Beekeepers appeal for public awareness of honey bee disease     20 May 2016

The Airedale Beekeepers Association (ABKA) is once again asking local people to be aware of the importance of ‘honey hygiene’ after three new incidences of the highly infectious honey bee disease American Foulbrood (AFB) were reported this spring in the Micklethwaite area.

AFB is a bacterial disease which is spread by bees coming into contact with honey products, usually imported ones.  Although it doesn’t affect the quality of honey and presents absolutely no risk to human health, it kills bee larvae in large quantities and requires the immediate destruction of affected hives to prevent further spread.

Sue Chatfield, chair of the Airedale Beekeepers Association (ABKA), commented, “AFB is a devastating disease for honey bees and one which is so serious that the Government Bee Inspector will impose quarantine and require all affected colonies to be destroyed. This spring there have so far been three cases in Micklethwaite, hopefully swift action will prevent any further spread.”

The public can help by being aware of the potential for AFB to spread through bees coming into contact with commercial honey products.

Sue Chatfield adds, “Bees are highly attracted to the smell of honey – even indoors – and people can help by ensuring that they don’t leave any honey uncovered, particularly during warm weather.”


Interested in taking up beekeeping?                                    22 February 2016
For anyone interested in taking up the fascinating hobby of beekeeping, Airedale Beekeepers’ Association (ABKA) will run its annual spring training course for beginners, starting in March 2016 in Keighley. The course consists of six 2 hour lessons at East Riddlesden Hall plus practical hands-on experience at ABKA’s teaching apiary in the Aire Valley. [read more=”Read more…” less=”Read less”]Chair of ABKA, Sue Chatfield, will deliver the course. She says; “Beekeeping is a very rewarding hobby but we strongly recommend anyone interested in taking it up to undertake a course before getting started. Not only will this equip you with vital knowledge to make you a better beekeeper, but participants also benefit from the ongoing support and advice of ABKA members, which can be invaluable in gaining confidence in the safe handling of bees.”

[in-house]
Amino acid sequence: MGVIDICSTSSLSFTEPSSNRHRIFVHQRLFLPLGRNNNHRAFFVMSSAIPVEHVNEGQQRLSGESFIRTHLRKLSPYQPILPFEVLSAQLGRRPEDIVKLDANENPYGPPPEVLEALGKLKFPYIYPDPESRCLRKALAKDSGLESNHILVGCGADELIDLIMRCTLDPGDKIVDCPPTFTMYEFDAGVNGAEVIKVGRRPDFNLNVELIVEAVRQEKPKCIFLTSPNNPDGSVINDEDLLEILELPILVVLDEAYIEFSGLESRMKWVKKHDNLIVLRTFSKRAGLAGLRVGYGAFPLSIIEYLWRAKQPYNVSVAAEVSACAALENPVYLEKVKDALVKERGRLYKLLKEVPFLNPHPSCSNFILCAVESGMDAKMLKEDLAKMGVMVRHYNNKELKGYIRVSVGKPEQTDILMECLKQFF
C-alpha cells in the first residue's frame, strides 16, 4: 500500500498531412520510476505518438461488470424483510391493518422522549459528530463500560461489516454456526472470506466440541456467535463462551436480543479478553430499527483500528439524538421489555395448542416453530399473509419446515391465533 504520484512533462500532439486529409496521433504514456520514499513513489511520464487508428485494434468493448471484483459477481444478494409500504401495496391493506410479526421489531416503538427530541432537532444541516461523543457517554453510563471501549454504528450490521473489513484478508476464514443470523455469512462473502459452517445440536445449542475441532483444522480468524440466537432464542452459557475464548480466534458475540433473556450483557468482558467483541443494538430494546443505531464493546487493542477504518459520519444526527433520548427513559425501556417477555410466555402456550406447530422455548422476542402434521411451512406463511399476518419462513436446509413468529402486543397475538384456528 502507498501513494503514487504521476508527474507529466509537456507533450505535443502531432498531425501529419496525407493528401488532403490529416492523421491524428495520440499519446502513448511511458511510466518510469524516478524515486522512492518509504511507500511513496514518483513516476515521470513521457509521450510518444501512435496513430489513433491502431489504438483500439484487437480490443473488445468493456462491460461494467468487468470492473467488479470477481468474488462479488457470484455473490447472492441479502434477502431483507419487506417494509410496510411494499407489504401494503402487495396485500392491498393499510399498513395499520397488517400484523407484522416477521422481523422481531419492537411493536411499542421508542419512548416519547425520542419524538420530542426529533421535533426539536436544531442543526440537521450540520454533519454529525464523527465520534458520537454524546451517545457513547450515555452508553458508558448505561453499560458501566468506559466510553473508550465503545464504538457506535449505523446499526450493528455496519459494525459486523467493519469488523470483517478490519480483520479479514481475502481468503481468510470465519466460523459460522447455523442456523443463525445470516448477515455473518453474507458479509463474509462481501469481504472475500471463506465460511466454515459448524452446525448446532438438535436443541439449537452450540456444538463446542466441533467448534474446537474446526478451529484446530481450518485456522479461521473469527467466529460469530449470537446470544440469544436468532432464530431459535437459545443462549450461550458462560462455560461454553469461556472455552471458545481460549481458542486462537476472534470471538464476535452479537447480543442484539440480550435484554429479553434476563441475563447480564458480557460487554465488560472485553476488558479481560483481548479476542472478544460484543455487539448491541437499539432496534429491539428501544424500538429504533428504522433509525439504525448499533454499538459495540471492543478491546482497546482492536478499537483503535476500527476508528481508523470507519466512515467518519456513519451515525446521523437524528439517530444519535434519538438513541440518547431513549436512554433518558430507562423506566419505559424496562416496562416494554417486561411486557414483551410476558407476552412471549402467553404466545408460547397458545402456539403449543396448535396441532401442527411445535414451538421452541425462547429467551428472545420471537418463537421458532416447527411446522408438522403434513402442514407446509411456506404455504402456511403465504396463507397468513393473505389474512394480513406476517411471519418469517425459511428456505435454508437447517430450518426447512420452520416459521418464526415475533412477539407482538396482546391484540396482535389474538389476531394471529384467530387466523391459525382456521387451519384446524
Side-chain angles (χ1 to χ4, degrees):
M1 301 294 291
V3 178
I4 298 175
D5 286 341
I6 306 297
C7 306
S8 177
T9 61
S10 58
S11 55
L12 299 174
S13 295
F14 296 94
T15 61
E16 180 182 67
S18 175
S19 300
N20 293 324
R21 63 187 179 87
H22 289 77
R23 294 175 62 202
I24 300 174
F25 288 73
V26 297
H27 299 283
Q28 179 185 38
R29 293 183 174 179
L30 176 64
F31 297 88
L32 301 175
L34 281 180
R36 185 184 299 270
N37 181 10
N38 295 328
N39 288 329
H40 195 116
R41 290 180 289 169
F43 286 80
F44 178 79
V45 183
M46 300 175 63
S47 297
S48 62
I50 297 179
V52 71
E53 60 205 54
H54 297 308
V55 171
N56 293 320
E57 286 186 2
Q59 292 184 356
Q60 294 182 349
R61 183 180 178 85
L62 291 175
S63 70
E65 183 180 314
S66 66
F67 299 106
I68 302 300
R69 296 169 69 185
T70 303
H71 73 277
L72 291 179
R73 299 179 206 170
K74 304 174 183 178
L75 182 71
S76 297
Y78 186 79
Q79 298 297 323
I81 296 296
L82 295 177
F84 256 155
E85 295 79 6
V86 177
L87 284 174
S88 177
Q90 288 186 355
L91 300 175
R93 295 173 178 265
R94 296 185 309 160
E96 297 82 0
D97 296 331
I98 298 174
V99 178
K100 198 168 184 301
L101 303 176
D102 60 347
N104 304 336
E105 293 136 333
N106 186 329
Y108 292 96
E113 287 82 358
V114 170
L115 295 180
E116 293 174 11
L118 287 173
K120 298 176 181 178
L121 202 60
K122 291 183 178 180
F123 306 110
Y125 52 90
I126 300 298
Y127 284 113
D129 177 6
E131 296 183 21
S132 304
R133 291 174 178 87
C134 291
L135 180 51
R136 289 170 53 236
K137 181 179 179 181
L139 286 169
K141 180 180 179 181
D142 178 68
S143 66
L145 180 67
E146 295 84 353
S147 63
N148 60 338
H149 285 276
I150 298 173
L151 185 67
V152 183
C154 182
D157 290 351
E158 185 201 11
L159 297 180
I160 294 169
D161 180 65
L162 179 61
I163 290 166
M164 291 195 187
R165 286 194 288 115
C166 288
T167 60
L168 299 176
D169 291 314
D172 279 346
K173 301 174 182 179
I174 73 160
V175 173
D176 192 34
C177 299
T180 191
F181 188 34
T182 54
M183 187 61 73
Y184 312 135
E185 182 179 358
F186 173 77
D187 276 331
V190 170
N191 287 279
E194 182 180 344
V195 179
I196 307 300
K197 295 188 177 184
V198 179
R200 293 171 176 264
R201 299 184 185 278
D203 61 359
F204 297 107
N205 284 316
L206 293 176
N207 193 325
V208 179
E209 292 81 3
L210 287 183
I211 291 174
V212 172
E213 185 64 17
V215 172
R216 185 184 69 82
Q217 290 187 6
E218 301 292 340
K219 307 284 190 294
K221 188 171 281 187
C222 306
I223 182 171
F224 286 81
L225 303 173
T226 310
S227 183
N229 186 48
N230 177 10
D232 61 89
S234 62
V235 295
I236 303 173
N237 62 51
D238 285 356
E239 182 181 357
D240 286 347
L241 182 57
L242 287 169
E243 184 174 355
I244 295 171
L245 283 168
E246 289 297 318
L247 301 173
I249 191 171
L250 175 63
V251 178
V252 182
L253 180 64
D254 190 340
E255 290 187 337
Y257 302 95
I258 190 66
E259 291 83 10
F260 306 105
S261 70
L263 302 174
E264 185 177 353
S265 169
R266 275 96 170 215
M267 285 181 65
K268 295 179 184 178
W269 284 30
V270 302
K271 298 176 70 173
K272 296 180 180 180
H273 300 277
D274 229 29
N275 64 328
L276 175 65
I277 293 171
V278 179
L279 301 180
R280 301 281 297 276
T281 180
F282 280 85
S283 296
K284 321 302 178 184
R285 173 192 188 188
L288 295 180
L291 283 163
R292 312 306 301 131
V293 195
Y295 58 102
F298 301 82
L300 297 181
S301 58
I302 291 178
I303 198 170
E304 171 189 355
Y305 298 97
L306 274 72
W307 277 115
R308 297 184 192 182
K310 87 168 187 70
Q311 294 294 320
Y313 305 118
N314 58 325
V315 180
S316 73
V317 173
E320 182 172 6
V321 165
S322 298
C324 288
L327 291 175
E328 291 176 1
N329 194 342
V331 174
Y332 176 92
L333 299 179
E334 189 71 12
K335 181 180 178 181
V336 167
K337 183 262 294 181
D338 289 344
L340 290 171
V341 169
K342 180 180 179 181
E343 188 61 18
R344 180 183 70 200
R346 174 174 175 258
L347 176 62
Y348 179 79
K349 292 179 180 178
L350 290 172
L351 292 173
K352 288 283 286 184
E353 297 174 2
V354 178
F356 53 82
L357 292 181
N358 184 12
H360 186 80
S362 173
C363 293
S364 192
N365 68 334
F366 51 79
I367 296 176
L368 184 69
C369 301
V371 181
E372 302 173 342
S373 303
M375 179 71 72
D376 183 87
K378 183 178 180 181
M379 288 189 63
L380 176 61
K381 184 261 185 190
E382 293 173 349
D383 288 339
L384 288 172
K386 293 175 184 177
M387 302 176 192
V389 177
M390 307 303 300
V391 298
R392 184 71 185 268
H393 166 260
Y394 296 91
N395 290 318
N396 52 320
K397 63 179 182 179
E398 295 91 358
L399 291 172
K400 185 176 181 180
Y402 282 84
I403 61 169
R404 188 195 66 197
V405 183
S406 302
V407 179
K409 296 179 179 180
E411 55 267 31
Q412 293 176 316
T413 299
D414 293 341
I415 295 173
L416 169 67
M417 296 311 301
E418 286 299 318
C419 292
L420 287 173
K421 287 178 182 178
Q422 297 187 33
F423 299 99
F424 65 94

The ABKA course covers everything needed to get started in beekeeping, from the natural history of honey bees through to colony management, honeybee health, swarm management and honey harvesting. It is followed up with practical experience, guided by ABKA’s experienced beekeepers.

Sue Chatfield says; “Our honeybees need all the support they can get so if you’ve ever been tempted to try beekeeping then now is the time to have a go. Anyone taking this course could be beekeeping by the summer and possibly even harvesting some of their own honey by September!”

The six week course (£90) starts on March 13, places are limited. A beekeeping ‘Taster’ (£25) course is also offered as an individual session to allow anyone to experience bees in the apiary first hand and is run at a time to suit the recipient. Gift vouchers are available. [/read]